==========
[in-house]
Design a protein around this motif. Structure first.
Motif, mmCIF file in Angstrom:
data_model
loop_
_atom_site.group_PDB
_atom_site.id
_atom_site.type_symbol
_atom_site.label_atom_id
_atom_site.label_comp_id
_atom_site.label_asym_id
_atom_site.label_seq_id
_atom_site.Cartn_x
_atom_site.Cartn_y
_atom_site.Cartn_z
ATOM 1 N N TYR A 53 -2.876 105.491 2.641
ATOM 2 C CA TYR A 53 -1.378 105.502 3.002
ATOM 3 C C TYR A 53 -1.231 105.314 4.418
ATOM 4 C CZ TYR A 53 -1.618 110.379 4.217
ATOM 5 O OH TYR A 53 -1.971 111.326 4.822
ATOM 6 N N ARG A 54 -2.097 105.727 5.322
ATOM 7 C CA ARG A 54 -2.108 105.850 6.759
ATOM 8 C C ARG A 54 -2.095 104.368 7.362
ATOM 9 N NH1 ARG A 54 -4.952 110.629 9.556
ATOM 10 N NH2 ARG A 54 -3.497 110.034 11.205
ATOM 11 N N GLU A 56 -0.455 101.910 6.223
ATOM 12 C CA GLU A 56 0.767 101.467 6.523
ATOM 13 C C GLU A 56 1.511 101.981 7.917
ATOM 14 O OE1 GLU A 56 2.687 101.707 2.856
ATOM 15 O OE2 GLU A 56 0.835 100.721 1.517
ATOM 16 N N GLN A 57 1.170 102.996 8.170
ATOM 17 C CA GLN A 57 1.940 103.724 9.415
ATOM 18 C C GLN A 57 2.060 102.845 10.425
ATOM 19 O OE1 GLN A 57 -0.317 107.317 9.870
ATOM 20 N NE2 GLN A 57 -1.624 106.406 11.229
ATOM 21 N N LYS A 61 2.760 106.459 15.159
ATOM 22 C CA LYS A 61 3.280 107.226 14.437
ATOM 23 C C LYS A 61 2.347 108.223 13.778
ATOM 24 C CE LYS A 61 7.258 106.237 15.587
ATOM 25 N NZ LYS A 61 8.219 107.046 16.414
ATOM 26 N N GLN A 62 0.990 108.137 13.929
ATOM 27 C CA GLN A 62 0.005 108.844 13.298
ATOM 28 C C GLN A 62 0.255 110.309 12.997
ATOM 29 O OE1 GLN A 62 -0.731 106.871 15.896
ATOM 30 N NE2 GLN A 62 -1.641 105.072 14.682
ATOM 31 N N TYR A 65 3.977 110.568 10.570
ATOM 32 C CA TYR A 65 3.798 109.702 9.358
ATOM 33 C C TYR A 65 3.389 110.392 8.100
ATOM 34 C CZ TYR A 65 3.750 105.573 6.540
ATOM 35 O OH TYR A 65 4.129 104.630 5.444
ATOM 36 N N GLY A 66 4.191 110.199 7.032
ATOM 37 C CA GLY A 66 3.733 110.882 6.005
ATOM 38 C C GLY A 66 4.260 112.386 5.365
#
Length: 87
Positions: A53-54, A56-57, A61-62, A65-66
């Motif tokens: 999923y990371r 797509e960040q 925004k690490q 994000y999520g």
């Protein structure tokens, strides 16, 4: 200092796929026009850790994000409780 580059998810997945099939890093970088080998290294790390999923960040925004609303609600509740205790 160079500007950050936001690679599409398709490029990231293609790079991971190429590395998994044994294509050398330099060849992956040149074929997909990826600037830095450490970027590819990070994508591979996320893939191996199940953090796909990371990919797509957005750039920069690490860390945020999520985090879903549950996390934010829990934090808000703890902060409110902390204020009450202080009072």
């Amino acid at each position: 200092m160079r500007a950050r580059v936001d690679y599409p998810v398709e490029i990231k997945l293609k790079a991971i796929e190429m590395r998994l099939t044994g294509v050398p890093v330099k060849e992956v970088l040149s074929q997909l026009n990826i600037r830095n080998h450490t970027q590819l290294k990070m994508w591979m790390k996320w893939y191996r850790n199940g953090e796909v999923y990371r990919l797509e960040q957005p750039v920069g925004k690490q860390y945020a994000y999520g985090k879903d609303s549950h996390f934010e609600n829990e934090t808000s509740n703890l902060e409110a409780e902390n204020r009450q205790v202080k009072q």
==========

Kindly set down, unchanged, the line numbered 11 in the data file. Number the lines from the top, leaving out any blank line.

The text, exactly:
_atom_site.label_asym_id